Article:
Other ship-based levels aside from the first is one where Dash and the Outrider must go through an asteroid field, similar to that which Han went through in Empire, and the final level where you must destroy Prince Xizor’s Skyhook. There is also a level where Dash rides on a speeder bike like those in Return of the Jedi, through Mos Eisley, the Dune Sea, and Beggar’s Canyon, in a race to get to Luke Skywalker – who is located at Obi-Wan’s home – before a gang of Swoop Bikers do. They were hired by Jabba the Hutt, under orders from Prince Xizor, to assassinate Luke as part of his overall scheme to undermine Darth Vader in the eyes of Palpatine.
There are a variety of enemies, including Stormtroopers, Snowtroopers, Wampas, Imperial Probe Droids, TIE Fighters, TIE Bombers, AT-ST’s (even ones you must fight when not in a ship!), AT-AT’s, Swoop Bikers, and many others. You will also face-off against characters from the films such as Boba Fett in or out of his ship, Slave 1, and bounty hunter IG-88, a droid seen in Empire Strikes Back, who is fought in a junkyard on Ord Mantell, a planet mentioned by Solo.
The game has great music with some “new” compositions composed by Joel McNeely, which are taken from the Shadows of the Empire soundtrack based on the novel. Of course, it includes those original compositions by the great John Williams, which are used in the majority of levels, and fans of Star Wars will easily figure out which movie and what scene the music being heard is actually from. For example, in the Hoth Rebel Base level, you have the same music that plays at one point during The Battle of Yavin in A New Hope.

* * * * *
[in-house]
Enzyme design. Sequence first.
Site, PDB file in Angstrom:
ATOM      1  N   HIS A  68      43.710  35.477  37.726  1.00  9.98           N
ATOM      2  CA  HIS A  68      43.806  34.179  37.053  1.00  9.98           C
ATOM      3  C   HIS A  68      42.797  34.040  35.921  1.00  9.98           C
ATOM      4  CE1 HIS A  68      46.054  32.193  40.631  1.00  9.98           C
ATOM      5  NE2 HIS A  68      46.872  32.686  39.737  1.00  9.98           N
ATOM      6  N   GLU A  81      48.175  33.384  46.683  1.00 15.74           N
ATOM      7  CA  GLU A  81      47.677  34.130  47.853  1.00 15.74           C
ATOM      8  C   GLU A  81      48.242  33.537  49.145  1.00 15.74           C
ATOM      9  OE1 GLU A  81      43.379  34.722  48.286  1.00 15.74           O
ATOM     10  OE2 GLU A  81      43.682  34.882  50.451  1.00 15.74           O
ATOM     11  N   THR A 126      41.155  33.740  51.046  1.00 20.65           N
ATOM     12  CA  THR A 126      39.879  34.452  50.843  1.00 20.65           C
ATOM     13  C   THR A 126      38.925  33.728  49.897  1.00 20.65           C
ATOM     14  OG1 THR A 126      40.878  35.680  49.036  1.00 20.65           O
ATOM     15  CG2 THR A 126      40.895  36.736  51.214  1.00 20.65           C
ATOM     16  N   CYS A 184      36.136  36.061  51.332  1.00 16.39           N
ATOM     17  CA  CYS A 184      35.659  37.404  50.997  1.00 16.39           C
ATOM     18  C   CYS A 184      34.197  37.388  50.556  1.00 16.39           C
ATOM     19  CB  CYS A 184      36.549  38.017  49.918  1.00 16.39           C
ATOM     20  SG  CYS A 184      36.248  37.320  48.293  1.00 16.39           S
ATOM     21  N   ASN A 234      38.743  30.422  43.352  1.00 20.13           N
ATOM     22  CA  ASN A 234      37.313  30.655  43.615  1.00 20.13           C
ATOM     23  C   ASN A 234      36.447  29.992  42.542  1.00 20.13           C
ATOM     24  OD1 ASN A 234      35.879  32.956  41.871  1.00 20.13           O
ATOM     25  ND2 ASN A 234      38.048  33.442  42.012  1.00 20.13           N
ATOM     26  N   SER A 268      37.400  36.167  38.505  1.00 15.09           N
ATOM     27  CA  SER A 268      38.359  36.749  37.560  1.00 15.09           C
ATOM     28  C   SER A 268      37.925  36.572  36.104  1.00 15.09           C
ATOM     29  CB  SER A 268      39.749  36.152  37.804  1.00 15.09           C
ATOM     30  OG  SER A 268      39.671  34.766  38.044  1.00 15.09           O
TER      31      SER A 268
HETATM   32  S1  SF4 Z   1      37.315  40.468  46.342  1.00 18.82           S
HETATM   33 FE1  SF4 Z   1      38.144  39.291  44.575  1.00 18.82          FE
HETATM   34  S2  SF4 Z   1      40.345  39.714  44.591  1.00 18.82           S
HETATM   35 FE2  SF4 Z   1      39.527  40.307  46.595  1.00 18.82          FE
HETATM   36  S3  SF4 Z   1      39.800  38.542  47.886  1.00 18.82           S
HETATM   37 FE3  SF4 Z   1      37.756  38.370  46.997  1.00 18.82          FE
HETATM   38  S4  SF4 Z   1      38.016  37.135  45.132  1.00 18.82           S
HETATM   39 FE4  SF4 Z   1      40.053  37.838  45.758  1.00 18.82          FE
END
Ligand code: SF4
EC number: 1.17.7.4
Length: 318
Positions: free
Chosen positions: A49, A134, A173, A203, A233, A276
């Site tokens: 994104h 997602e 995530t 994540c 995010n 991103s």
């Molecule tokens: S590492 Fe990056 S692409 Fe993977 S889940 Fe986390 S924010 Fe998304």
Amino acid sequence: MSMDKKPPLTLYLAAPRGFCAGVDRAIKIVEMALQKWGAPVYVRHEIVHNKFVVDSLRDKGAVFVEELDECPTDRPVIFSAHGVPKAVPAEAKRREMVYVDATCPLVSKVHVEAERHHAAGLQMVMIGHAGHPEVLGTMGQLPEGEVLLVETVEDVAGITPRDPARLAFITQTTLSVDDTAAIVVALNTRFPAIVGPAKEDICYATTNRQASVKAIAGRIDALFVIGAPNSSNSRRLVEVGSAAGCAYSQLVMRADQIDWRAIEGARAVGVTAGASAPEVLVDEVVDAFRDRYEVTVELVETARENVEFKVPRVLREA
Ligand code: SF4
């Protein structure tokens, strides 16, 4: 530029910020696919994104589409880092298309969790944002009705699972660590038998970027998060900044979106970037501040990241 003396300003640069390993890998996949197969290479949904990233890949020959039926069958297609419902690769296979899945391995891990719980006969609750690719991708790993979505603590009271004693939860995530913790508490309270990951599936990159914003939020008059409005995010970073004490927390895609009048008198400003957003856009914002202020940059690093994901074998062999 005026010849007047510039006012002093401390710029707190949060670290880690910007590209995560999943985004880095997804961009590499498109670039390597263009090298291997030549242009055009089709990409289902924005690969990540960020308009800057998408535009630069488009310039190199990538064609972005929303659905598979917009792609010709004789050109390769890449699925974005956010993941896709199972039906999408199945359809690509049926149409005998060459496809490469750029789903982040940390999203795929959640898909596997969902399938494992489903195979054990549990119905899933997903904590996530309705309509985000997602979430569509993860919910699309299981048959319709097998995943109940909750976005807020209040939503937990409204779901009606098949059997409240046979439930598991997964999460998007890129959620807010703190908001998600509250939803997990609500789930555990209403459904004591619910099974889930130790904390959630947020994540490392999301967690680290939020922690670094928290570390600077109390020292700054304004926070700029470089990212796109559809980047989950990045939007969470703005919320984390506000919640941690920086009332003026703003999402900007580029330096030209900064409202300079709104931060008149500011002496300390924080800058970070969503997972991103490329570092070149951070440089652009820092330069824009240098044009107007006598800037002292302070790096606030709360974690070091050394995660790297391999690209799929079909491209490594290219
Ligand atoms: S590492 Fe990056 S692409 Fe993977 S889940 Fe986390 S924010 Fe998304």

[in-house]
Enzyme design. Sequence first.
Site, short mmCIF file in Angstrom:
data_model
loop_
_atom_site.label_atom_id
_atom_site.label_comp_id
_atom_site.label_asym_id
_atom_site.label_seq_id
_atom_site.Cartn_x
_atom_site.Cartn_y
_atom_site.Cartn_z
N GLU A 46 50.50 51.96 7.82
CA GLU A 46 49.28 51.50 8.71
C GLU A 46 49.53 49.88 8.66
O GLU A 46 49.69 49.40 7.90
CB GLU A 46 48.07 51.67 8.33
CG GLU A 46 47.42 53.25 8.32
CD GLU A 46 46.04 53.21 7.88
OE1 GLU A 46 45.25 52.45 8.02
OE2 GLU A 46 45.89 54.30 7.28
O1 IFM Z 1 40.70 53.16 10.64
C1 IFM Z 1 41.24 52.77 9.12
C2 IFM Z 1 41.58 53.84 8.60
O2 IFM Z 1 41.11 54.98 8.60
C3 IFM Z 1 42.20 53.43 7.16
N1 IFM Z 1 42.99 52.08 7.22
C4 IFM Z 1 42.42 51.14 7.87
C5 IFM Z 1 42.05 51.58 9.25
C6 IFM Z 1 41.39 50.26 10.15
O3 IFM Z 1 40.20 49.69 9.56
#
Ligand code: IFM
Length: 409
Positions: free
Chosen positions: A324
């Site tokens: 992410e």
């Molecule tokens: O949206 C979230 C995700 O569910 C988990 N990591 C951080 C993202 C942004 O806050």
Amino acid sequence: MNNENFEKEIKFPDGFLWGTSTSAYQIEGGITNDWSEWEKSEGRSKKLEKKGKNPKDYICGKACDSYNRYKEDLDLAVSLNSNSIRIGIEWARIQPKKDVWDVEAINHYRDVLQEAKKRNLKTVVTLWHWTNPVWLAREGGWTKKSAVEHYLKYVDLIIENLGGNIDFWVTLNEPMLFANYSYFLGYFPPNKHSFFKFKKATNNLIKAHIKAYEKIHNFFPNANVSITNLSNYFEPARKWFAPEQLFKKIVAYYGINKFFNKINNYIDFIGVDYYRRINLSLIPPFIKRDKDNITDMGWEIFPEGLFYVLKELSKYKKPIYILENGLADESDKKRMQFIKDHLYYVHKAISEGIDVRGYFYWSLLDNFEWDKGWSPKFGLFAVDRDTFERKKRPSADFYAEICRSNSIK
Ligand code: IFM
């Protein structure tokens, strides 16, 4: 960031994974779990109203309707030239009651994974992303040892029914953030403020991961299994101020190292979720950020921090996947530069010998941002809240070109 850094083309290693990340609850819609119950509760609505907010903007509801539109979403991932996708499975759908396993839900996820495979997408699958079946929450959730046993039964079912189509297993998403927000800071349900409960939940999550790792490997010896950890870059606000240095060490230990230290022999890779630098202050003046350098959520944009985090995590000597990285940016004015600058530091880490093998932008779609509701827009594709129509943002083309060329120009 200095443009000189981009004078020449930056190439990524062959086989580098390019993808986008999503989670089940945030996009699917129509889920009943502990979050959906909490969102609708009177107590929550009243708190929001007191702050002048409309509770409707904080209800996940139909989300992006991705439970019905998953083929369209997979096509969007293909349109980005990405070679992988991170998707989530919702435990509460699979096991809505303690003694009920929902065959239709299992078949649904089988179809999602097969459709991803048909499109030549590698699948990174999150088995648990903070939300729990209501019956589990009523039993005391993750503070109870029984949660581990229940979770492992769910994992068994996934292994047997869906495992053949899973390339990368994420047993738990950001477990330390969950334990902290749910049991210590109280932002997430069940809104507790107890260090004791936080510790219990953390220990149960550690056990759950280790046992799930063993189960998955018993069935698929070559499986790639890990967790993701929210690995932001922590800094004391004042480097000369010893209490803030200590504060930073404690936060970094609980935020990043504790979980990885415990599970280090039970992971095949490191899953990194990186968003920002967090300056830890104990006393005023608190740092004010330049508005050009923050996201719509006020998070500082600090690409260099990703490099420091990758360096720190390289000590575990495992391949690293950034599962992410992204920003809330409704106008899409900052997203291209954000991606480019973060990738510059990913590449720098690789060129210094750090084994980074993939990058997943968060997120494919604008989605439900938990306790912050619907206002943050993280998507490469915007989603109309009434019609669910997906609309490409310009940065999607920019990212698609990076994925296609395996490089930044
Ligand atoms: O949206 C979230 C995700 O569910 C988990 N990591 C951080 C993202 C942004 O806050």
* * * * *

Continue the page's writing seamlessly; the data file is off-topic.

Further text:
Overall, the game isn’t amazing, but there is still a lot for Star Wars fans to find appealing, so it’s not a terrible tie-in by any means. It does have some frustrating moments due to a combination of the controls and mastering them properly, causing you to make many mistakes in judgement as to how far you can actually jump without falling to your death. As with quite a lot of Nintendo 64 games, the graphics have aged, and it’s certainly not as aesthetically-pleasing as titles made nowadays, or on the follow-up systems afterwards. However, it’s not something that is distracting or ruins the gaming experience. If you really enjoyed the Hoth level, though, and are more interested in that kind of gameplay in an N64 Star Wars game, then you will definitely find that in Star Wars: Rogue Squadron.
- Shadows of the Empire was the third top-selling Nintendo 64 game for 1997.
- While in production, Shigeru Miyamoto, Senior Marketing Director of Nintendo, suggested while viewing an early version of the game that the character of Dash be more animated. He suggested Rendar could become restless when waiting for the player to control him, and more animated in how he holds his weapons.
- The game was originally planned to have nineteen levels, Nintendo Power reported a reduction to twelve levels, and the final release contains a total of ten levels. This game was unique among other Nintendo 64 titles for using a “real” orchestral soundtrack, instead of synthesised music like that in Star Wars: Rogue Squadron.